Returning to the director’s chair after his hit indie film Blue Valentine, with The Place Beyond the Pines Derek Cianfrance proves that he can be considered a truly great, new director. A sprawling two and half hour long epic, The Place Beyond the Pines is a story in three parts that delves into themes of morality, determinism, and closely examines the effects fathers have on their children, and visa-versa. This film is an emotional powerhouse, with a fantastic performance from Ryan Gosling, as well as strong performances all around. Expecting to dislike this movie, I was absolutely blown away by the film.
The film takes place in the small New York town of Schenectady, which interestingly enough is a name loosely taking from a Mohawk word that translates to “Place Beyond the Pines.” The movie first centers on Ryan Gosling as “Handsome” Luke Glanton, a professional and heavily tattooed motorcycle rider who goes city to city with a traveling carnival. However he gives this life up when he is informed that a woman he has slept with in Schenectady is raising his now one year old son. Luke turns to a life of crime and starts robbing banks in order to provide for his newly born son. Bradley Cooper’s character Avery, a police man and moral paragon, is then introduced and the film shifts its focus to a tale of police corruption and Avery’s struggle with it. Finally, the third and most interesting act of the film is about the friendship and conflict between the sons of the earlier protagonists, as they struggle with their respective relationships with their fathers, as well as dealing with the history between Luke and Avery.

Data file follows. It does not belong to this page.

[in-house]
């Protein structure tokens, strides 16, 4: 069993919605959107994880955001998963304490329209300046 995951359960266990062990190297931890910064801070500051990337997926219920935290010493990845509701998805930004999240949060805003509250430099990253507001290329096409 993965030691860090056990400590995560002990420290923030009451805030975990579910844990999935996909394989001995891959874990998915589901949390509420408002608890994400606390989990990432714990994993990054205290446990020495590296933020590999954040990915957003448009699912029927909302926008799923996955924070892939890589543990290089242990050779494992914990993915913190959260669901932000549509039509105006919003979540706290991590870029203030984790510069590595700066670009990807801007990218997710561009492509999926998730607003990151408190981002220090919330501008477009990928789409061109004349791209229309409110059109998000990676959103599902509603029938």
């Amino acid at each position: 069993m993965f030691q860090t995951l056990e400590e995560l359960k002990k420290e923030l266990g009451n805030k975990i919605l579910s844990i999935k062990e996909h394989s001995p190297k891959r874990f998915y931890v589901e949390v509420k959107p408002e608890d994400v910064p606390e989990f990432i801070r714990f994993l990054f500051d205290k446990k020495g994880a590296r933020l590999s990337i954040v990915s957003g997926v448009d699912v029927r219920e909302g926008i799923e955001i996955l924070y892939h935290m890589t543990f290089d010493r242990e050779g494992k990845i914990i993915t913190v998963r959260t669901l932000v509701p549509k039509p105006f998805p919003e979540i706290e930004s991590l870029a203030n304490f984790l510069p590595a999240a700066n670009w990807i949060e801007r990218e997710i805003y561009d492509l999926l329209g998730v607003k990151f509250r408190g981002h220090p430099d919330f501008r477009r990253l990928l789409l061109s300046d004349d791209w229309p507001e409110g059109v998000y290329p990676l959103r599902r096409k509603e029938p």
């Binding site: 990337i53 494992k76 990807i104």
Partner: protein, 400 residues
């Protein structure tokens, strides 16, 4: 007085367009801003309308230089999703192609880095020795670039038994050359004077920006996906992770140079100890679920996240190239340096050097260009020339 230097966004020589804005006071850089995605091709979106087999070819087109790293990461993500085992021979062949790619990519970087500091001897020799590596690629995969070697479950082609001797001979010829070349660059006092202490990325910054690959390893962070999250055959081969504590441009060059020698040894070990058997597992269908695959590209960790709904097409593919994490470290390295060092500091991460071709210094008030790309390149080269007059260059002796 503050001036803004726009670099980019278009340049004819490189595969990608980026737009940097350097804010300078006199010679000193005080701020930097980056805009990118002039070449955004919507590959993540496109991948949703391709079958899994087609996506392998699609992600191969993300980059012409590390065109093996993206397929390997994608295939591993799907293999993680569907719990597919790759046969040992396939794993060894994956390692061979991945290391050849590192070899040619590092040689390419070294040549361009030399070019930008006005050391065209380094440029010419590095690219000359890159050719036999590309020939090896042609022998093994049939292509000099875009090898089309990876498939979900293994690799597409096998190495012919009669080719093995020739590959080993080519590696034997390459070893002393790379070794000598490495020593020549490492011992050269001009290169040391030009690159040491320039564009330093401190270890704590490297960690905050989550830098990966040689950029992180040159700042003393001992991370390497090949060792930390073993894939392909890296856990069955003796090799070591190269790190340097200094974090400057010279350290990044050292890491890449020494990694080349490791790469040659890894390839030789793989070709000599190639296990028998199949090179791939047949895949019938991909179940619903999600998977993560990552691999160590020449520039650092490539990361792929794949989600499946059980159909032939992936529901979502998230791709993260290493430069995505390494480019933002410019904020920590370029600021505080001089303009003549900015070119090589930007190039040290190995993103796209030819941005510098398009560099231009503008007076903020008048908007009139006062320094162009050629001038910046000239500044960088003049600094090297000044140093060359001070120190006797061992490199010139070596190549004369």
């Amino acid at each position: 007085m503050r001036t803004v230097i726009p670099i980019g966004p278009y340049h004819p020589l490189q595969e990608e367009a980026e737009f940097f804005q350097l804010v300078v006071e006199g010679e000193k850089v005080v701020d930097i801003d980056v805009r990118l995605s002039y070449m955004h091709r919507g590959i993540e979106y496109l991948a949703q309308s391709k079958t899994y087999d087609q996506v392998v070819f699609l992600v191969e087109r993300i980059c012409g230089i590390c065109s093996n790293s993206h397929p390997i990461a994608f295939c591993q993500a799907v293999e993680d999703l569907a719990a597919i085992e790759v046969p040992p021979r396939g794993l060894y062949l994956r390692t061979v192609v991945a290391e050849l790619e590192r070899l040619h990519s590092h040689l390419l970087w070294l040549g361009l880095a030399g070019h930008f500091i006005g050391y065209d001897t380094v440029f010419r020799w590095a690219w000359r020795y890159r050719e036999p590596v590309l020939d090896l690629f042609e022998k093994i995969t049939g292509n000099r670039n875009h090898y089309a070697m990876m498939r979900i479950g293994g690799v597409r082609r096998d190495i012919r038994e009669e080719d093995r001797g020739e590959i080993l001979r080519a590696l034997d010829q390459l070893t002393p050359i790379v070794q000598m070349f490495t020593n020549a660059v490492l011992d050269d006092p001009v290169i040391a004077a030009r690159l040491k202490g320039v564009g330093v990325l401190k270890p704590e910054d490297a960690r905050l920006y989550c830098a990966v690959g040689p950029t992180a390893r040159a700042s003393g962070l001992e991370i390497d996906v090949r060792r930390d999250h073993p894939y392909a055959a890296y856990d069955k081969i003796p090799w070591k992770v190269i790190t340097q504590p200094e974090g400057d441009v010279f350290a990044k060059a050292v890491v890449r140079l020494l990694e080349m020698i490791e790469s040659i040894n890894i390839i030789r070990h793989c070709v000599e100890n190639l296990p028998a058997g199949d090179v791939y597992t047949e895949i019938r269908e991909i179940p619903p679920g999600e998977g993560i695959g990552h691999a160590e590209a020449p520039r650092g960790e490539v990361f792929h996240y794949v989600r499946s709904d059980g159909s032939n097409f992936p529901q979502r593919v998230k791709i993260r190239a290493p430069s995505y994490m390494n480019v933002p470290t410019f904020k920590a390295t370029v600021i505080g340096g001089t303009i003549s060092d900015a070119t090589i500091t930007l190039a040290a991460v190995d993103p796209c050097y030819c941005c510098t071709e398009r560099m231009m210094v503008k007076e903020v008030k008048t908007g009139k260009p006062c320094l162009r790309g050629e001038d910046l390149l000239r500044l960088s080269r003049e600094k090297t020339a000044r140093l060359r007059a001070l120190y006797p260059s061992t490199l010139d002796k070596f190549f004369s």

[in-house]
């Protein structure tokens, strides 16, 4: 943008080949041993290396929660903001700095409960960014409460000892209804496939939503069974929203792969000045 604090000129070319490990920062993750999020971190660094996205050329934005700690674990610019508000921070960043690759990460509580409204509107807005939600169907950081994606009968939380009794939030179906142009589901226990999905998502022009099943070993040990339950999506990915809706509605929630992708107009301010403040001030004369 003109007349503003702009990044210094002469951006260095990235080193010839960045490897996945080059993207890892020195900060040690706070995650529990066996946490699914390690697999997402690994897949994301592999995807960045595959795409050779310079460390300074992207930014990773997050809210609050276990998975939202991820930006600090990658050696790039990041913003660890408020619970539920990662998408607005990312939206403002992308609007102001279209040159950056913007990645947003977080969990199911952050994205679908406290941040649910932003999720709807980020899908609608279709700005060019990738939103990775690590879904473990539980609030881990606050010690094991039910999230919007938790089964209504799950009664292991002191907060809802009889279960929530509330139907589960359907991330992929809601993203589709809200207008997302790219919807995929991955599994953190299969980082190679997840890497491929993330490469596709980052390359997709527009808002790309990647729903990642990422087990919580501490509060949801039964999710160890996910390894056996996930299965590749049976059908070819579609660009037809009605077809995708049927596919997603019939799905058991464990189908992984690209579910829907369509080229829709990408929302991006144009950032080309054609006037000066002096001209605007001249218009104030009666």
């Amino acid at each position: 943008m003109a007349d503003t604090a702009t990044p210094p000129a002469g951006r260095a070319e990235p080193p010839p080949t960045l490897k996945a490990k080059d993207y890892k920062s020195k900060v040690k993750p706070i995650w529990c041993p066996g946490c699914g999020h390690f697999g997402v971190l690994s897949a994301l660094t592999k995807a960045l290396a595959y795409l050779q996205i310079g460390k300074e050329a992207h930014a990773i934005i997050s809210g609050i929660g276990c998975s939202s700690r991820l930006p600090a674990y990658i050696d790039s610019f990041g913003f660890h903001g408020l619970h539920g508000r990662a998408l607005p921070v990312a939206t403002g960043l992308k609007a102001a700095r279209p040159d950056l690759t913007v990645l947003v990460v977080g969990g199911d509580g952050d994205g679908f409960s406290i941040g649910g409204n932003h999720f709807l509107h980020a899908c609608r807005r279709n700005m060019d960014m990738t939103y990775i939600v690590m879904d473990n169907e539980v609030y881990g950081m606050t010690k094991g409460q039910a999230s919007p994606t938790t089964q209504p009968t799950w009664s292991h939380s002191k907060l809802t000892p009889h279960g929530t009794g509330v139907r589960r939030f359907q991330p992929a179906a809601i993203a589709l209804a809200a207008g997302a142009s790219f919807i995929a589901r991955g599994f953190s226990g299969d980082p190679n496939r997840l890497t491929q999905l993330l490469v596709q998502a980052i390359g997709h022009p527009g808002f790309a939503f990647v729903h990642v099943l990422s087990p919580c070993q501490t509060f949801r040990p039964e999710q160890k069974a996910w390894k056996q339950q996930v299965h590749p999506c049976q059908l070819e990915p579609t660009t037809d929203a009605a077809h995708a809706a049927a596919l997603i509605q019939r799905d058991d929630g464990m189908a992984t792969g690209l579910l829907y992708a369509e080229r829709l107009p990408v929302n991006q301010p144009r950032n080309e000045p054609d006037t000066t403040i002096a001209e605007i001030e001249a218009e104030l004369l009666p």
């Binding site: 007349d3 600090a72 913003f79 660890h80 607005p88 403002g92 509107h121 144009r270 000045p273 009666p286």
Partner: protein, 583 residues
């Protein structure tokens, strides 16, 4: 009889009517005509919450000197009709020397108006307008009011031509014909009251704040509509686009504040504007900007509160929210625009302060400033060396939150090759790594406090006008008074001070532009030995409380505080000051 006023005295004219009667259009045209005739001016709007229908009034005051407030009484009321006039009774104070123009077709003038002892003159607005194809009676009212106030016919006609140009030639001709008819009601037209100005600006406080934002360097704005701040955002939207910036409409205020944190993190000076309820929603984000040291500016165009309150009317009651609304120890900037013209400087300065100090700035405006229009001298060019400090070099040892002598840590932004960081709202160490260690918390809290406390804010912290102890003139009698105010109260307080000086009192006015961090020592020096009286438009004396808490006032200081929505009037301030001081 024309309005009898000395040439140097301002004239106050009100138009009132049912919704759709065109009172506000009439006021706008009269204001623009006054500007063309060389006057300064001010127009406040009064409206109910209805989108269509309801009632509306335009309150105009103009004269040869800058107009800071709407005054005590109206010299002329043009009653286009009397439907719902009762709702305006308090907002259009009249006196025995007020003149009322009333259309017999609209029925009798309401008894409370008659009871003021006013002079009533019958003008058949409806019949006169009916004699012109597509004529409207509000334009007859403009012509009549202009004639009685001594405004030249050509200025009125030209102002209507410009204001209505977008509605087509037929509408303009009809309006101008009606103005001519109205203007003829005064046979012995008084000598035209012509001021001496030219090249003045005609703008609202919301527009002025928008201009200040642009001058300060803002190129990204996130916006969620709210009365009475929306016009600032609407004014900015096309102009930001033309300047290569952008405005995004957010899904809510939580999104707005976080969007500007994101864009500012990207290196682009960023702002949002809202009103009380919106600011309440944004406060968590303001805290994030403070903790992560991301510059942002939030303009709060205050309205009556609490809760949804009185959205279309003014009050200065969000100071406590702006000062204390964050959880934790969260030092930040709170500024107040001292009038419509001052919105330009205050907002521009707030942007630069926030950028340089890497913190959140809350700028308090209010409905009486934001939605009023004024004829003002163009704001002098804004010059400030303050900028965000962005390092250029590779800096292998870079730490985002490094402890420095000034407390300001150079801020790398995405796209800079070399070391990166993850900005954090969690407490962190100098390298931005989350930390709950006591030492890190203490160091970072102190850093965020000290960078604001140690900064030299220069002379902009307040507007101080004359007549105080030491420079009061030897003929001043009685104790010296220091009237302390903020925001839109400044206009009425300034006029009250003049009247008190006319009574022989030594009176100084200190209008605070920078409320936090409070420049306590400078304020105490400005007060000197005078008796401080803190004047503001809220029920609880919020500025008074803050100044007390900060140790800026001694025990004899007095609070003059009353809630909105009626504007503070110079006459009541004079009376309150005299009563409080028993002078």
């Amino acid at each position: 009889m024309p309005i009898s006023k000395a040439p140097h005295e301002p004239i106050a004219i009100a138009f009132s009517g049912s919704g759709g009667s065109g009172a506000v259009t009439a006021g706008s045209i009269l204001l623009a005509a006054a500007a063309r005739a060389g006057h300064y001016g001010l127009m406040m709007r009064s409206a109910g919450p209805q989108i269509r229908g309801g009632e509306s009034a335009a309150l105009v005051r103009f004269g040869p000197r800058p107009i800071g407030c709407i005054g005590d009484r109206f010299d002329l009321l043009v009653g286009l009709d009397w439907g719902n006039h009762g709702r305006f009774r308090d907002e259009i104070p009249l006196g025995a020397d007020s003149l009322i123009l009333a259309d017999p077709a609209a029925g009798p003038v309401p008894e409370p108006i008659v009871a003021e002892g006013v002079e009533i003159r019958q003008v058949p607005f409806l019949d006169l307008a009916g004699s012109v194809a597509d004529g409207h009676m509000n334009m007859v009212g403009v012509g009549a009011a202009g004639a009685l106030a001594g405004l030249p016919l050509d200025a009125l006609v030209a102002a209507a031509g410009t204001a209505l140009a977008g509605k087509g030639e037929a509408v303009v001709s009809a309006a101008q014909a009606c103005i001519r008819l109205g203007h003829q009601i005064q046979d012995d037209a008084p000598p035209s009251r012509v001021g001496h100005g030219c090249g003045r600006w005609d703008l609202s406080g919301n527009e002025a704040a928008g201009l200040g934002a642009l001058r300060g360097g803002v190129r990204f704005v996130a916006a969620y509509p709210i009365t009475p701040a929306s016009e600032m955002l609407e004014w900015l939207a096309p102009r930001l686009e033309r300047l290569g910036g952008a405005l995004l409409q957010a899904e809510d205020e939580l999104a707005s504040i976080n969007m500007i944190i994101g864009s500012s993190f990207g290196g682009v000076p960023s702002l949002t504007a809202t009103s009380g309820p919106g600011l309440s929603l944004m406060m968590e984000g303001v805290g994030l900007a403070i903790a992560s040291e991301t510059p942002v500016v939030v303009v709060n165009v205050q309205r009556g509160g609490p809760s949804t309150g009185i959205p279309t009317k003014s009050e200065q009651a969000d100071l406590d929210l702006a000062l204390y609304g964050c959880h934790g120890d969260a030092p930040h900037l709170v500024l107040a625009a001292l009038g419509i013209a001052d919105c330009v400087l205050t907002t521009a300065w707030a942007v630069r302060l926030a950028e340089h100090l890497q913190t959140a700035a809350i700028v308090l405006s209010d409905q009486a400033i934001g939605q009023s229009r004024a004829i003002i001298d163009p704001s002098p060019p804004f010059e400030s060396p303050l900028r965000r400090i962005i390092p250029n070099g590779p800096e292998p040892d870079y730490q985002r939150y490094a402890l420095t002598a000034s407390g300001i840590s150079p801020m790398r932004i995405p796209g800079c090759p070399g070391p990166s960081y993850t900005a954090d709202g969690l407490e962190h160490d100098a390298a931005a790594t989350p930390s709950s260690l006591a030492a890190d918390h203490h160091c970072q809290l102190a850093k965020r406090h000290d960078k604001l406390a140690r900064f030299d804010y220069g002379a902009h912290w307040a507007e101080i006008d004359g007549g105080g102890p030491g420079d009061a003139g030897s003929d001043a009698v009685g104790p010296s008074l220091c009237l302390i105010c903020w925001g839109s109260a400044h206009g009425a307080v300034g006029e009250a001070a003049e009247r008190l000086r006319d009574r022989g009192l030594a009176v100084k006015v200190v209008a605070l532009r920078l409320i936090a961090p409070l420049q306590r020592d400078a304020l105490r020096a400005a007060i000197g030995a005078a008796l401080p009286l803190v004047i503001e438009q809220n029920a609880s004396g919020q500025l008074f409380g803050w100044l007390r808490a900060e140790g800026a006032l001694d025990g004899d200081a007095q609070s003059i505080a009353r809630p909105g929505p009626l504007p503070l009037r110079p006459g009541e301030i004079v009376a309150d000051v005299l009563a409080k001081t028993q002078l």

While much of the talk about this film has been glowing praise for Ryan Gosling (let’s be honest here, this is nothing new, he’s great), the acting all around is pretty excellent. Specifically, Eva Mendes’s portrayal of Luke Glanton’s poverty stricken baby mama is a step away from her usual roles, as well as a highlight of the film. However, some of the best acting in the film comes from Dane DeHaan, who is likely best known as the lead in last year’s found footage superhero flick, Chronicle. As Luke’s 17 year old son, DeHaan is tragic and compelling, bringing a much needed emotional center to the latter half of the film.
What makes this film achieve a level of excellence, however, is not the acting but rather the thematic through lines of the film. The film is ambitious in its approach to tackling issues of paternal relationships, as well as morality, which raises an interesting conversation about how morality relates to cultural standards and laws. At the same time, the film does a perfect job of not overextending thematically, by which I mean the film doesn’t try to tackle anything that was too lofty to wrap up by the end. This movie leaves the viewer with a desire to ponder the films themes, without leaving any serious unanswered questions. It’s a hugely emotional film, as well as a film with just the perfect amount of depth. I could not recommend this film more highly.
Rating: 5 out of 5